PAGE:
Giving people in your business remote access to their email, files and other systems - no matter where they are - allows them to work more efficiently and flexibly. Many more businesses are embracing homeworking. But, before giving remote access to your software and systems, it’s crucial that you develop a strategy that protects your employees, your business and - crucially - your customers. Here's our guide to creating a safe and secure remote working solution
What is remote access?
Remote access means allowing people to access your business computer systems, software and communications technologies, even when they're not directly connected to your company network. For instance:
- Enabling staff to log in to your customer database from home.
- Setting up a project workspace where clients can share and view files.
- Allowing employees to send and receive email from any computer.
Remote access makes it easier for people to work effectively when away from your premises. By allowing employees to remotely access your primary systems, staff working from home are less likely to interrupt people in the office to ask them to send files over. It can improve productivity, with staff able to work when they want. They can be more responsive to organisational need – as well as avoiding the dreaded commute!
However, remote working is not without its downsides. Communication, project management and teamworking can all be more challenging when your staff are working from different locations. Thankfully there are a range of apps that can help overcome most of these challenges such as monday.com, HubStaff and Slack.
Before investing in remote working technologies, decide what elements of your system you want to give your staff access too. The key principle underpinning your approach to remote working should be about providing access to the systems your staff need to perform their roles, and no more.
Remote working is safer than it’s ever been, but there is still a risk. GDPR legislation makes it clear that personally identifiable information should be stored securely, with access to it limited. All computers, laptops, tablets and mobiles that can access such systems must be protected with anti-virus software and firewalls.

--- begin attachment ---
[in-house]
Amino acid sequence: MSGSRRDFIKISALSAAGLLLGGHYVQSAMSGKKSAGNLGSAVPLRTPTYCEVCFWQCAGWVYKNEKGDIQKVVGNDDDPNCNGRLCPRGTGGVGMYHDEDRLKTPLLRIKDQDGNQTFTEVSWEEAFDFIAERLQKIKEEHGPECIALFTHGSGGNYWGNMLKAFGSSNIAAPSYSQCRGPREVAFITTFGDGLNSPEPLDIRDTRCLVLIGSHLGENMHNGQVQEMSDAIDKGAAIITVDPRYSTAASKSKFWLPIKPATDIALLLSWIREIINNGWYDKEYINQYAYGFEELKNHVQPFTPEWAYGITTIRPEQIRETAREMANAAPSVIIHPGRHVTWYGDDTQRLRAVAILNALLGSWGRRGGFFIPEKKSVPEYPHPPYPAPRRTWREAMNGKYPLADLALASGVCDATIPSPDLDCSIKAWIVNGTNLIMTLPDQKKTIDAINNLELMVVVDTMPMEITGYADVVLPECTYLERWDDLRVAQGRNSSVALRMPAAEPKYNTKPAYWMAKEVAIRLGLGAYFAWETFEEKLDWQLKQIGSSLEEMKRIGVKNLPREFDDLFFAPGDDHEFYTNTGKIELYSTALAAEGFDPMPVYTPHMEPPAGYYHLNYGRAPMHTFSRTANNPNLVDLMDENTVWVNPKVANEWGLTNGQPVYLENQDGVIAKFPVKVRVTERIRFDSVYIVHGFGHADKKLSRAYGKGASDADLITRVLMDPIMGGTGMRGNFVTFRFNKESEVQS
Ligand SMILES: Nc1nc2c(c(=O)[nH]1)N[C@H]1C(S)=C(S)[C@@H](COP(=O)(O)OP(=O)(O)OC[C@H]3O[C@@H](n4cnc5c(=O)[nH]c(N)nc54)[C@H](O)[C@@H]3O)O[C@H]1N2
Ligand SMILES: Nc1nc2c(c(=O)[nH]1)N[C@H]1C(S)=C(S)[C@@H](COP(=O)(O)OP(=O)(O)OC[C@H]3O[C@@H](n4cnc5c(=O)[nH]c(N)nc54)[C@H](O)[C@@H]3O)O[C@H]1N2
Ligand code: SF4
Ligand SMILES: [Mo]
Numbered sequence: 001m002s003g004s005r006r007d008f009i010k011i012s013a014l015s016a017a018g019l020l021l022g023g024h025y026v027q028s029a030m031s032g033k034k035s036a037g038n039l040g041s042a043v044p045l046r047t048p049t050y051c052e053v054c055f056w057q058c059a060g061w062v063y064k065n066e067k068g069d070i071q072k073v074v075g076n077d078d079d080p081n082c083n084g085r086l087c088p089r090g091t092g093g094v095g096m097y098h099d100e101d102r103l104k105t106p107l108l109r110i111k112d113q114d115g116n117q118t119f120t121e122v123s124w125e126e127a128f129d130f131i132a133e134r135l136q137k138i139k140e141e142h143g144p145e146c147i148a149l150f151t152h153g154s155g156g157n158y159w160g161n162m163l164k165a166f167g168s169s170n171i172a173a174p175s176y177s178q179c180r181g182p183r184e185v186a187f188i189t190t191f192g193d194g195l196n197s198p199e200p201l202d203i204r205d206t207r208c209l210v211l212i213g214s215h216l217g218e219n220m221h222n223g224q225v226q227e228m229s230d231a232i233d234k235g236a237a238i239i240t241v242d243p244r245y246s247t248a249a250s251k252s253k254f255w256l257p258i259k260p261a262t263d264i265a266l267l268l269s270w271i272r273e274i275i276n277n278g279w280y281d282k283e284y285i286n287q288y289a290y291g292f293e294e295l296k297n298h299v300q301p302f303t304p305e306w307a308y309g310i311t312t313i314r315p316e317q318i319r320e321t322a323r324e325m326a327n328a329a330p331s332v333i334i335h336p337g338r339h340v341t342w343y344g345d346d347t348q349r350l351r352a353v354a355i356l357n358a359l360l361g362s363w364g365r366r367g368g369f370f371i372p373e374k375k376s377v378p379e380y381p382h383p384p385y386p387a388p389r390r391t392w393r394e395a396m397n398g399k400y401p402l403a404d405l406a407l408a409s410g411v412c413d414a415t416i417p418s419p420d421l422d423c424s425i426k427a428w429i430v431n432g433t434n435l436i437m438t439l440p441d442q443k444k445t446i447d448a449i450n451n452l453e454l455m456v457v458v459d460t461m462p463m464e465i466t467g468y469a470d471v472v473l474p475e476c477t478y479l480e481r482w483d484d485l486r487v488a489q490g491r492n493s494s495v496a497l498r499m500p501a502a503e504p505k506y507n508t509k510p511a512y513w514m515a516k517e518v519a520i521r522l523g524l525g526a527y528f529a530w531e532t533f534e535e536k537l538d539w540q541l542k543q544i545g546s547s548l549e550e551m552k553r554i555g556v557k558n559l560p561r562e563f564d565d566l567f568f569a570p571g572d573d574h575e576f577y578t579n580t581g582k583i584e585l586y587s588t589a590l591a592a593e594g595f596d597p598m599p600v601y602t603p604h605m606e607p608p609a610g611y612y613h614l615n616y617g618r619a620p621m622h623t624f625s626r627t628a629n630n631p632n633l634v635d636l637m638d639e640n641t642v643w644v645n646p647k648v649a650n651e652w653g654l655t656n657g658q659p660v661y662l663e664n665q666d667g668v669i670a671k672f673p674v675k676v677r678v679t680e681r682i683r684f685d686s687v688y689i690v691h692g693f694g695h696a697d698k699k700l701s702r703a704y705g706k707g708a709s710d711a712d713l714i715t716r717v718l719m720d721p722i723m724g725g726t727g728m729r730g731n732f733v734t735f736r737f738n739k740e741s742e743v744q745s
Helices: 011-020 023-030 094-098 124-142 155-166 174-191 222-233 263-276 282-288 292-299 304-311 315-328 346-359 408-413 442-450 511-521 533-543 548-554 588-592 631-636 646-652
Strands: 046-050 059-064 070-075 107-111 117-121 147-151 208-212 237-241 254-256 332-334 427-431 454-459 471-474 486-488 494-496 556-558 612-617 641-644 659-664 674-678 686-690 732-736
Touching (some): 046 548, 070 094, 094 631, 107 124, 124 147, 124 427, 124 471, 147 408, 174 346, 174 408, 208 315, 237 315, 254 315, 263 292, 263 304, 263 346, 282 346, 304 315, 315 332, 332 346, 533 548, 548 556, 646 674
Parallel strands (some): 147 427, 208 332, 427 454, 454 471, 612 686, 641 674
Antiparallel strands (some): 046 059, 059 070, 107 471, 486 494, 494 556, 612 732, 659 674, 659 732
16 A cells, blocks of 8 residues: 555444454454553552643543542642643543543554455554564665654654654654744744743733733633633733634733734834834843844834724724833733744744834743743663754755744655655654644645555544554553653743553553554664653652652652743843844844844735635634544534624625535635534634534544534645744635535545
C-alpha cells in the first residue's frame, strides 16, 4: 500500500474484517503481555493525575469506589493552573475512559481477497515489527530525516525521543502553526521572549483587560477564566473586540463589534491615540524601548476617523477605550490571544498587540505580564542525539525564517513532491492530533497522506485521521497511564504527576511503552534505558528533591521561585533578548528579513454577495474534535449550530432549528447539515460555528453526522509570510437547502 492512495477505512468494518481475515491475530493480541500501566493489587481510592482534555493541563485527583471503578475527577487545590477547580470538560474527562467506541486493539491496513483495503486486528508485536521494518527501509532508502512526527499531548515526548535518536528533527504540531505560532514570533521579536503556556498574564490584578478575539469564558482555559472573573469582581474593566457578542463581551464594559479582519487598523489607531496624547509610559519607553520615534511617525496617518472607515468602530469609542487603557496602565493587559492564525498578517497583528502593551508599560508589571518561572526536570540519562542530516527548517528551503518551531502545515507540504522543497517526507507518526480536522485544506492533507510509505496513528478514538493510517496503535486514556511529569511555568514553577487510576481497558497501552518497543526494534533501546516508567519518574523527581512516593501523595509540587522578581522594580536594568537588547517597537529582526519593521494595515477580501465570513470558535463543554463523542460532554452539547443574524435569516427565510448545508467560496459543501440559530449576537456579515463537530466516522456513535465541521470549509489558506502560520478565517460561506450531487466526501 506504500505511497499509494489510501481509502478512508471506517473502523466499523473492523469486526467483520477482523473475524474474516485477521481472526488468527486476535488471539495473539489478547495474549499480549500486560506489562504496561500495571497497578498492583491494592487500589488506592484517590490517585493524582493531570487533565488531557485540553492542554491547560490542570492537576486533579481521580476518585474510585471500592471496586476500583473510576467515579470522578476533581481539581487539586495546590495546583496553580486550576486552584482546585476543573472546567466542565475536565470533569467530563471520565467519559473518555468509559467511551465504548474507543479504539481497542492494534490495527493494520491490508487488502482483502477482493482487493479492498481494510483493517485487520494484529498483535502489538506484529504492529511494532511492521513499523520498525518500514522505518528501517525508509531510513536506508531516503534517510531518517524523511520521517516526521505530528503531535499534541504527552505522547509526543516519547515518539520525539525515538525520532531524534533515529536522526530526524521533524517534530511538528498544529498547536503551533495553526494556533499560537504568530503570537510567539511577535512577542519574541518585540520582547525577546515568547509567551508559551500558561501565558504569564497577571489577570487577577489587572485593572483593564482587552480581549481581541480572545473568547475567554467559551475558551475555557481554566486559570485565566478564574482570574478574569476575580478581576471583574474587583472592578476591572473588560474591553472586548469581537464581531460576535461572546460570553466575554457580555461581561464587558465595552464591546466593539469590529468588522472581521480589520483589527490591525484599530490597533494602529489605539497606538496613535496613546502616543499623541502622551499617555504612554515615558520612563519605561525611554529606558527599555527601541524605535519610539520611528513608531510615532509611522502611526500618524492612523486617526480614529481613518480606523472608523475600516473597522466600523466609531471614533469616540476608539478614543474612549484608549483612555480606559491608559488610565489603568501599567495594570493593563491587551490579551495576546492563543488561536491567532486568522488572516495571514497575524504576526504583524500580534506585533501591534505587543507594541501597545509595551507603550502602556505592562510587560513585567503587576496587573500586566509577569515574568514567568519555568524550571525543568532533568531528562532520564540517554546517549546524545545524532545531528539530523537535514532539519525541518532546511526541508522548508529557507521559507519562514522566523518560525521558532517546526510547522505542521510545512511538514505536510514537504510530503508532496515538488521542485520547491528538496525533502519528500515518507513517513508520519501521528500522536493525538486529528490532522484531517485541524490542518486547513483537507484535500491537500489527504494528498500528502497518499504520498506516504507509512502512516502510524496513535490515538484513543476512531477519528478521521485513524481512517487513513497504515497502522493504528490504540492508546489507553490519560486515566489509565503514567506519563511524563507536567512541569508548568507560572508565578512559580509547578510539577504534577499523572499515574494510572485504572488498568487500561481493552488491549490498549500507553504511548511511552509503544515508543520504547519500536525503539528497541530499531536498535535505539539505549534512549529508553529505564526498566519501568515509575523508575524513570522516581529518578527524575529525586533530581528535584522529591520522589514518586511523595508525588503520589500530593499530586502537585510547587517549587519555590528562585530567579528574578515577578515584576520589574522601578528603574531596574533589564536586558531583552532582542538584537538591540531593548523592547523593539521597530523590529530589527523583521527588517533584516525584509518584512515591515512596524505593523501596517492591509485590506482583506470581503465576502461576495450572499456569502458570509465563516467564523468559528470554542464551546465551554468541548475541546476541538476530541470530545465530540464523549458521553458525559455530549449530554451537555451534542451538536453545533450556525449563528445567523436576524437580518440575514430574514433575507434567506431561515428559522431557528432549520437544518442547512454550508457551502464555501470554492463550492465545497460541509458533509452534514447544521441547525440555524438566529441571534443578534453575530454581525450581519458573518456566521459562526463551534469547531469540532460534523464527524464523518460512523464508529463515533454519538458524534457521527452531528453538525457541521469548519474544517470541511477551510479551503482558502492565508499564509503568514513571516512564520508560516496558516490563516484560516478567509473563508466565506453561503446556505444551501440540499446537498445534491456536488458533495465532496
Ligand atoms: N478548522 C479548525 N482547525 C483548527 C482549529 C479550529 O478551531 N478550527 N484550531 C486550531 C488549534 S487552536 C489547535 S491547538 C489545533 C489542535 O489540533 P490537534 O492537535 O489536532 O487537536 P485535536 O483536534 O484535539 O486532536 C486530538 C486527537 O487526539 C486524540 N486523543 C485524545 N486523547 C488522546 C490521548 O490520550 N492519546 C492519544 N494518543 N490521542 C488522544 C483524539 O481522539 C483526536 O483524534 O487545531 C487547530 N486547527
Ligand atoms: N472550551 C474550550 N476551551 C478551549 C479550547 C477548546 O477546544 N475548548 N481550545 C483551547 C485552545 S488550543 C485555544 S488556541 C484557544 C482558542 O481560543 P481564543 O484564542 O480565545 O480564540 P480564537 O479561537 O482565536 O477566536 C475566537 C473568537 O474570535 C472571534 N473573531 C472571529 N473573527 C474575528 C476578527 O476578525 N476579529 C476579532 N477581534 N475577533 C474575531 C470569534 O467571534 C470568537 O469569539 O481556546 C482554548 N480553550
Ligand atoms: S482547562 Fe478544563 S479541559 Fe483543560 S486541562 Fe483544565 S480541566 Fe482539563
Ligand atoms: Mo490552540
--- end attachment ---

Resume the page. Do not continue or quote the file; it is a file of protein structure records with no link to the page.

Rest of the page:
To access systems remotely, your staff will be responsible for setting up passwords. They should receive guidance on password etiquette, including never using the same password more than once and changing them regularly. While you can never remove the risk, you can minimise it by ensuring staff follow common sense advice on creating hard-to-hack passwords.
And remember: remote access isn't limited to laptops. These days, mobile phones and tablet computers are so powerful you can run your entire business from them. If your staff are using their own devices to access your systems, they should be as well protected as your own equipment. Any weakness can be exploited by a hacker, so all staff must be made aware of their responsibilities in keeping things safe.
Remote access without a server
Traditionally, you needed a network server to control permission levels and effectively allow remote access in your business.
However, these days cloud computing services provide one of the easiest routes to remote access.
Online services are becoming increasingly popular, particularly for smaller businesses that are unable to justify investing in their own server. Cloud software providers have invested in security, with many offering two-factor authentication to ensure it’s only the people you want to access your files can do so.